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Open Access Research article

Gene Ontology Function prediction in Mollicutes using Protein-Protein Association Networks

Antonio Gómez123, Juan Cedano1, Isaac Amela1, Antoni Planas3, Jaume Piñol1 and Enrique Querol1*

Author Affiliations

1 Institut de Biotecnologia i Biomedicina and Departament de Bioquímica i Biologia Molecular. Universitat Autònoma de Barcelona. 08193 Bellaterra, Barcelona. Spain

2 Department of Systems Biology, Universitat de Vic, Vic, Spain

3 Laboratory of Biochemistry, Institut Químic de Sarrià, Universitat Ramon Llull, 08017 Barcelona, Spain

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BMC Systems Biology 2011, 5:49  doi:10.1186/1752-0509-5-49

Published: 12 April 2011

Abstract

Background

Many complex systems can be represented and analysed as networks. The recent availability of large-scale datasets, has made it possible to elucidate some of the organisational principles and rules that govern their function, robustness and evolution. However, one of the main limitations in using protein-protein interactions for function prediction is the availability of interaction data, especially for Mollicutes. If we could harness predicted interactions, such as those from a Protein-Protein Association Networks (PPAN), combining several protein-protein network function-inference methods with semantic similarity calculations, the use of protein-protein interactions for functional inference in this species would become more potentially useful.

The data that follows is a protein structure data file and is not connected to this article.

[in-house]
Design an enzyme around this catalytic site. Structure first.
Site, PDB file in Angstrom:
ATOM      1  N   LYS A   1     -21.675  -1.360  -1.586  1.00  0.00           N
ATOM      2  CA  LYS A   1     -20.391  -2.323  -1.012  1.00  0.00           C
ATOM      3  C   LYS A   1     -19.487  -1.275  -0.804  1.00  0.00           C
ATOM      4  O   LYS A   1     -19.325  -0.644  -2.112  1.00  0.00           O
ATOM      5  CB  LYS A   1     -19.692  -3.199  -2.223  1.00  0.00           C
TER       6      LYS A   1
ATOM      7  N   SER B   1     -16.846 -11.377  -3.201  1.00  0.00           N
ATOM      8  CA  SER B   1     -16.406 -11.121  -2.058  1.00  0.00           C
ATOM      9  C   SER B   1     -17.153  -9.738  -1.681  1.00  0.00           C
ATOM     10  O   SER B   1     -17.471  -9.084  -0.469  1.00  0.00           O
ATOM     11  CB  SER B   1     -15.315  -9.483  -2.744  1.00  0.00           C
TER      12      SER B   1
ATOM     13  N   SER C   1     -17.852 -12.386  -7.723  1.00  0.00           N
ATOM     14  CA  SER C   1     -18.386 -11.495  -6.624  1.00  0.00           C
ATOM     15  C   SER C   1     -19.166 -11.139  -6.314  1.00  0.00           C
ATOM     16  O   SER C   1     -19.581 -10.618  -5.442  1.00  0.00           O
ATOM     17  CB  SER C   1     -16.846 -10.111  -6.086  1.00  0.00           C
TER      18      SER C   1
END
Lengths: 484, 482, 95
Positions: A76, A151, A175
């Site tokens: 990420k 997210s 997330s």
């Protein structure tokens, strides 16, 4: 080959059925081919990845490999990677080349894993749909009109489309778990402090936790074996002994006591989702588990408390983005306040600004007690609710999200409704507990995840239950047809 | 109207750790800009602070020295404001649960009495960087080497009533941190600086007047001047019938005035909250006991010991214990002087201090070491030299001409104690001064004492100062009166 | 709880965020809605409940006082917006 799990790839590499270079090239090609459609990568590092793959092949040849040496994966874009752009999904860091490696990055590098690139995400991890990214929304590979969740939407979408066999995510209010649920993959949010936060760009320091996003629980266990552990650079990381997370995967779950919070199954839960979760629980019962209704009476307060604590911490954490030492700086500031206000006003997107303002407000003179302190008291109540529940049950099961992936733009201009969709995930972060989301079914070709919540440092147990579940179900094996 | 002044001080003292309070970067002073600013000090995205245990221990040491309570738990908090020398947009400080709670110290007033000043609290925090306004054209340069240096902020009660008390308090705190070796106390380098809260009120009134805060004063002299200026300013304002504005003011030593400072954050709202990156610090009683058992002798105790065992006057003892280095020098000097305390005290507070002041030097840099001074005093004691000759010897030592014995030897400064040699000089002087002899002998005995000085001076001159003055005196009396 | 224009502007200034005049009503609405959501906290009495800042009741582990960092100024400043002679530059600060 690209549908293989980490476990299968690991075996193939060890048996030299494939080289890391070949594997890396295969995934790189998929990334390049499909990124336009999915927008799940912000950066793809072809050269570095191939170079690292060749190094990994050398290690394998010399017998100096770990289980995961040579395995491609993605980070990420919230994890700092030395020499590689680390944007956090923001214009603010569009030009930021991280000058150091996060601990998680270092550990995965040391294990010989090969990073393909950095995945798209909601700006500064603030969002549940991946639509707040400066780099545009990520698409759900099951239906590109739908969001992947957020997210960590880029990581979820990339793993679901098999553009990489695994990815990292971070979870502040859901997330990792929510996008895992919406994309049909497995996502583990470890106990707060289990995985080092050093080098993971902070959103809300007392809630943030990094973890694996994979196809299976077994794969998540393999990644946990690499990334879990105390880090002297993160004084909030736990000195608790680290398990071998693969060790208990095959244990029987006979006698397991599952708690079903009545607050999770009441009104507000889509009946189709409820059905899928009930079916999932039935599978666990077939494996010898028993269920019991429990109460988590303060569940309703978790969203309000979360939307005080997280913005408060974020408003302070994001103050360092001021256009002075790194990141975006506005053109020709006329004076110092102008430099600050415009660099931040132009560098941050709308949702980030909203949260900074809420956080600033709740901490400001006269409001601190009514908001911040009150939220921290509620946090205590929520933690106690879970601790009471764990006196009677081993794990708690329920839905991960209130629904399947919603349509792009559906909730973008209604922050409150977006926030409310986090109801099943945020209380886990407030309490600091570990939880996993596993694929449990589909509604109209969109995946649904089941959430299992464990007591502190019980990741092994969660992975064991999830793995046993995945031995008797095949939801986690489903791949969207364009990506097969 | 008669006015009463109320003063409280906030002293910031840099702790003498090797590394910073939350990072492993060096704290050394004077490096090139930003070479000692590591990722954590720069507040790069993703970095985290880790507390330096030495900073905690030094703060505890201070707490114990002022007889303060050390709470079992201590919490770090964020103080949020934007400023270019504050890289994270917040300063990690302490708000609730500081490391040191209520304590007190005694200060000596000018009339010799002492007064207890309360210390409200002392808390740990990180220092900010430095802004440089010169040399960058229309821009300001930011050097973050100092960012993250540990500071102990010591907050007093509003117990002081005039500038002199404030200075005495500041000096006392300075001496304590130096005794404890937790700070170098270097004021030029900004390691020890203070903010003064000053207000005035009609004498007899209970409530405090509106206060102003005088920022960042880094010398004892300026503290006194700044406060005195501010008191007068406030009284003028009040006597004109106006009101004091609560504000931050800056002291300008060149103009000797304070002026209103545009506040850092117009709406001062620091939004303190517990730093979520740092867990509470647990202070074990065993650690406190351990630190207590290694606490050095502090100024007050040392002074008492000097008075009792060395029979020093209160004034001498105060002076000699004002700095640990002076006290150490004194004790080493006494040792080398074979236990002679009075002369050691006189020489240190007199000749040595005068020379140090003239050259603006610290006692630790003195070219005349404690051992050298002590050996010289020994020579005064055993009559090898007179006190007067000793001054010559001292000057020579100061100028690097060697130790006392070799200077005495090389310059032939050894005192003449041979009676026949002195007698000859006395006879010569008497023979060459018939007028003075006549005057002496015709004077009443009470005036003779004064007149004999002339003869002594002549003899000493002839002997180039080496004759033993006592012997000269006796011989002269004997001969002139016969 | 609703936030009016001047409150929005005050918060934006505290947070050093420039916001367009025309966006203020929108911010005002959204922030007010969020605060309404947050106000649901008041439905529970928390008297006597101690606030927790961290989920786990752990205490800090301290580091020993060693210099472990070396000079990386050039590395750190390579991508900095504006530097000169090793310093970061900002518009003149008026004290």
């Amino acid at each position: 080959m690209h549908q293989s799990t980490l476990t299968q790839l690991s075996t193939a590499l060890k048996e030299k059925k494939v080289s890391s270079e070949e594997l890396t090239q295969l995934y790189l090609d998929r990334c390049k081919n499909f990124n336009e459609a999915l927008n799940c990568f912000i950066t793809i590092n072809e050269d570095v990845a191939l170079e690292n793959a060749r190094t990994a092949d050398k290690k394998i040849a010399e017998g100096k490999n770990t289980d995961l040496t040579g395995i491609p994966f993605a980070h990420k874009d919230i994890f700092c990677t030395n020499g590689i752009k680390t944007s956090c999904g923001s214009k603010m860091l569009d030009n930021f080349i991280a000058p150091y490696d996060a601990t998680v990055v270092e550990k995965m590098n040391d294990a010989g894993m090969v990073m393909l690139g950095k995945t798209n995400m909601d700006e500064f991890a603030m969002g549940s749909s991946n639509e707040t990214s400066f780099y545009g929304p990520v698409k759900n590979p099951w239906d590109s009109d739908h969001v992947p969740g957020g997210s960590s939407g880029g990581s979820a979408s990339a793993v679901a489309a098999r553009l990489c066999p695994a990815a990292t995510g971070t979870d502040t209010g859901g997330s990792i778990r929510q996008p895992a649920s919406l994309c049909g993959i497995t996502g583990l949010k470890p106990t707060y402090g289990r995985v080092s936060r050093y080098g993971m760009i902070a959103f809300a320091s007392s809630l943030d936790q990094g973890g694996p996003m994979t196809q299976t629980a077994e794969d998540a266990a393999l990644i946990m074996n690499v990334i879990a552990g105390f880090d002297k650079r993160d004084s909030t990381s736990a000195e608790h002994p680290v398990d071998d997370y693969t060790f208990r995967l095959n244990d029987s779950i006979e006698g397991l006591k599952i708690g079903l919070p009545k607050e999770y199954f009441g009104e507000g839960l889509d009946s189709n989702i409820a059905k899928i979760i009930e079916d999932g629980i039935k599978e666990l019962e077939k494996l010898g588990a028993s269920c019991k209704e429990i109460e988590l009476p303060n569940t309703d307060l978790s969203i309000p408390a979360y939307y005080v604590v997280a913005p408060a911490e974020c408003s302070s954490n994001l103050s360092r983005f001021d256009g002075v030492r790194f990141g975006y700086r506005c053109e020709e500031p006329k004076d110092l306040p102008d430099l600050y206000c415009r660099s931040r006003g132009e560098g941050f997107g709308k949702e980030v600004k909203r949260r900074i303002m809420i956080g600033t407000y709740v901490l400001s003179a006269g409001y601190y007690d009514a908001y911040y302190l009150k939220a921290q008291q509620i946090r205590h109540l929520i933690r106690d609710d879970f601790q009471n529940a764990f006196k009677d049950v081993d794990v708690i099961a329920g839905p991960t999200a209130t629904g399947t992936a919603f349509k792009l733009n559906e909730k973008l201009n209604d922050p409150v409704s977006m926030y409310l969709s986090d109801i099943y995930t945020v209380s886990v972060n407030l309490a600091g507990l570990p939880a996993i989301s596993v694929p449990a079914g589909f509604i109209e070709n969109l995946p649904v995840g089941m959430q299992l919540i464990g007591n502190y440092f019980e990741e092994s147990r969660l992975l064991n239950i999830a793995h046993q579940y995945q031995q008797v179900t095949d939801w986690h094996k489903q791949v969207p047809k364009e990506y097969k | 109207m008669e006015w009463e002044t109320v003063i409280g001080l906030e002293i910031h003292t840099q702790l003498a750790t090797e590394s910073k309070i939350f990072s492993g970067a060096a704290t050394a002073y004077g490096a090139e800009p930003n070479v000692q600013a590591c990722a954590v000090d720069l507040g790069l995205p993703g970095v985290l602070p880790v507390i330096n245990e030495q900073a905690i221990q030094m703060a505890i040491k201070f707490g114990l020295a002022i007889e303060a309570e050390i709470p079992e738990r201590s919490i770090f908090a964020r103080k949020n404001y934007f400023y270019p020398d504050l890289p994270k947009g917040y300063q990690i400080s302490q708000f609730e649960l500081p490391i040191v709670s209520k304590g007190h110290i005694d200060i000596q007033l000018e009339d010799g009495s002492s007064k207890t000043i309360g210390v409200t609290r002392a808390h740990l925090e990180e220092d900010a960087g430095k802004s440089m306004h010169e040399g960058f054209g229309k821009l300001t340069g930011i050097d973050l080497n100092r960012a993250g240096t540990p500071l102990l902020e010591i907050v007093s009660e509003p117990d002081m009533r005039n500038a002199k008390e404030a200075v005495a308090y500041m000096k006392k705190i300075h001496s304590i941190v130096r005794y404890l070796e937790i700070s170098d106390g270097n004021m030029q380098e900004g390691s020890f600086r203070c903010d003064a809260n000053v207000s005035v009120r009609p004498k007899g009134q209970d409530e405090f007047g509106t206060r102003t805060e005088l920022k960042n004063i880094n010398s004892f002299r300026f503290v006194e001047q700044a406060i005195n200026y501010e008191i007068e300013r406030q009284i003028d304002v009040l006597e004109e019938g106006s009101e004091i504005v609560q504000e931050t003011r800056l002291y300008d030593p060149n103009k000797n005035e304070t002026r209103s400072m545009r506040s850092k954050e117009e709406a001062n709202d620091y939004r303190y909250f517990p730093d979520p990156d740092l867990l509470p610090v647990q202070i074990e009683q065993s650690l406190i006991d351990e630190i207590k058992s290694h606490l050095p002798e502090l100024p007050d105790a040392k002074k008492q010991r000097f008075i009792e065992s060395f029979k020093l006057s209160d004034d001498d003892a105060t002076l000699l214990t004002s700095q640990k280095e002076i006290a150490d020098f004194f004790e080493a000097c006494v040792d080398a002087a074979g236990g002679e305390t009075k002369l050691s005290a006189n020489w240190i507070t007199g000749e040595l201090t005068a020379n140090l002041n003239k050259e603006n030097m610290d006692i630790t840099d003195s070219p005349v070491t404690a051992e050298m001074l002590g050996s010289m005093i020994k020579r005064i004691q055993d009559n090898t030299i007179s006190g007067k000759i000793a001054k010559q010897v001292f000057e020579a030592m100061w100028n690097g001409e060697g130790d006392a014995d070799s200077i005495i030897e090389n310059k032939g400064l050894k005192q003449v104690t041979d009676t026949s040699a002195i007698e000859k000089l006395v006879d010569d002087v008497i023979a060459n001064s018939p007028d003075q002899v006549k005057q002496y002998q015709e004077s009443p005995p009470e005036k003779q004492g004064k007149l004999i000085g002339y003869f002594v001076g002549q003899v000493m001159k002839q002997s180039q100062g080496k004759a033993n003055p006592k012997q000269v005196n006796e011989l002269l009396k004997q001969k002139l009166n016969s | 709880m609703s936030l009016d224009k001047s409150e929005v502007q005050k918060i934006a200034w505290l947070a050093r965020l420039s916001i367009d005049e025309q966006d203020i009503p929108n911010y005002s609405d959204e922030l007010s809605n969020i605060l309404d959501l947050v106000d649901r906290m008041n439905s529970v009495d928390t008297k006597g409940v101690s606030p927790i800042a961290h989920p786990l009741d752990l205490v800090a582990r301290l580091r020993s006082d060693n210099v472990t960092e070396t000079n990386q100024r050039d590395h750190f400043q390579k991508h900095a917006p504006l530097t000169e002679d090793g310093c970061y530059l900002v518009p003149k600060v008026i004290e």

Results

In this work we show that using PPAN data combined with other approximations, such as functional module detection, orthology exploitation methods and Gene Ontology (GO)-based information measures helps to predict protein function in Mycoplasma genitalium.

Conclusions

To our knowledge, the proposed method is the first that combines functional module detection among species, exploiting an orthology procedure and using information theory-based GO semantic similarity in PPAN of the Mycoplasma species. The results of an evaluation show a higher recall than previously reported methods that focused on only one organism network.